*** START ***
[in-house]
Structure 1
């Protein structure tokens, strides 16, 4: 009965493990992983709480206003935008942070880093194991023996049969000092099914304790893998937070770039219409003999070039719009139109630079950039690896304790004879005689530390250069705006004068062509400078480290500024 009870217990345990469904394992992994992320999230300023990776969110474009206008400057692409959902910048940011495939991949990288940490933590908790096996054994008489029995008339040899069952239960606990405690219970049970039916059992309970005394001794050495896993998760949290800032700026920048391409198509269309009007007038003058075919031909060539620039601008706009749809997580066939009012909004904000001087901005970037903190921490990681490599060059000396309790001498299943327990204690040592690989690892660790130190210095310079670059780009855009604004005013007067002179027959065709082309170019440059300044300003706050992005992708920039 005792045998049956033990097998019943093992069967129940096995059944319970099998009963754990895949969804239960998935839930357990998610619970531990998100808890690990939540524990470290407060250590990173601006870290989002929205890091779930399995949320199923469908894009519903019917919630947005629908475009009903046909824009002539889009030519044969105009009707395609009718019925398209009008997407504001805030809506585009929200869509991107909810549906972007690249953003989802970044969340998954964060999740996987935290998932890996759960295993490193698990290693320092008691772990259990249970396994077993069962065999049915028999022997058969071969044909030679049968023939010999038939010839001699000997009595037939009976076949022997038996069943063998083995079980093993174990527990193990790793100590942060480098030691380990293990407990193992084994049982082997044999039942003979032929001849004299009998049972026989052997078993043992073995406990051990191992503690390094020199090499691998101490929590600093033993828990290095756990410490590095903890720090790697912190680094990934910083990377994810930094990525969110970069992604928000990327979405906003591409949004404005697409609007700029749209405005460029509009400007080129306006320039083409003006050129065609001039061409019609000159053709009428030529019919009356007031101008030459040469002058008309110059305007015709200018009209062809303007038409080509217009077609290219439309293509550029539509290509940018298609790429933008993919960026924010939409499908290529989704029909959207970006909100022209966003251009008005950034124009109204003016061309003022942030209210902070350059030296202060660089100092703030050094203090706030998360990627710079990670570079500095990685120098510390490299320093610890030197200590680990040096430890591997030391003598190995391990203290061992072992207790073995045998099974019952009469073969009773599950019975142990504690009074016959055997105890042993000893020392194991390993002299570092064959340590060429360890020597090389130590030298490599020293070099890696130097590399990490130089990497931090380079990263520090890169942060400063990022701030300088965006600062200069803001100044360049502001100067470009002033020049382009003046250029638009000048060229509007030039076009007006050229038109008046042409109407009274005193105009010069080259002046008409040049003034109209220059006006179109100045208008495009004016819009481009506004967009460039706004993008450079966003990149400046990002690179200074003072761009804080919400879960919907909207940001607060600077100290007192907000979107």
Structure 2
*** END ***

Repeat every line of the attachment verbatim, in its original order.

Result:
[in-house]
Structure 1
């Protein structure tokens, strides 16, 4: 009965493990992983709480206003935008942070880093194991023996049969000092099914304790893998937070770039219409003999070039719009139109630079950039690896304790004879005689530390250069705006004068062509400078480290500024 009870217990345990469904394992992994992320999230300023990776969110474009206008400057692409959902910048940011495939991949990288940490933590908790096996054994008489029995008339040899069952239960606990405690219970049970039916059992309970005394001794050495896993998760949290800032700026920048391409198509269309009007007038003058075919031909060539620039601008706009749809997580066939009012909004904000001087901005970037903190921490990681490599060059000396309790001498299943327990204690040592690989690892660790130190210095310079670059780009855009604004005013007067002179027959065709082309170019440059300044300003706050992005992708920039 005792045998049956033990097998019943093992069967129940096995059944319970099998009963754990895949969804239960998935839930357990998610619970531990998100808890690990939540524990470290407060250590990173601006870290989002929205890091779930399995949320199923469908894009519903019917919630947005629908475009009903046909824009002539889009030519044969105009009707395609009718019925398209009008997407504001805030809506585009929200869509991107909810549906972007690249953003989802970044969340998954964060999740996987935290998932890996759960295993490193698990290693320092008691772990259990249970396994077993069962065999049915028999022997058969071969044909030679049968023939010999038939010839001699000997009595037939009976076949022997038996069943063998083995079980093993174990527990193990790793100590942060480098030691380990293990407990193992084994049982082997044999039942003979032929001849004299009998049972026989052997078993043992073995406990051990191992503690390094020199090499691998101490929590600093033993828990290095756990410490590095903890720090790697912190680094990934910083990377994810930094990525969110970069992604928000990327979405906003591409949004404005697409609007700029749209405005460029509009400007080129306006320039083409003006050129065609001039061409019609000159053709009428030529019919009356007031101008030459040469002058008309110059305007015709200018009209062809303007038409080509217009077609290219439309293509550029539509290509940018298609790429933008993919960026924010939409499908290529989704029909959207970006909100022209966003251009008005950034124009109204003016061309003022942030209210902070350059030296202060660089100092703030050094203090706030998360990627710079990670570079500095990685120098510390490299320093610890030197200590680990040096430890591997030391003598190995391990203290061992072992207790073995045998099974019952009469073969009773599950019975142990504690009074016959055997105890042993000893020392194991390993002299570092064959340590060429360890020597090389130590030298490599020293070099890696130097590399990490130089990497931090380079990263520090890169942060400063990022701030300088965006600062200069803001100044360049502001100067470009002033020049382009003046250029638009000048060229509007030039076009007006050229038109008046042409109407009274005193105009010069080259002046008409040049003034109209220059006006179109100045208008495009004016819009481009506004967009460039706004993008450079966003990149400046990002690179200074003072761009804080919400879960919907909207940001607060600077100290007192907000979107």
Structure 2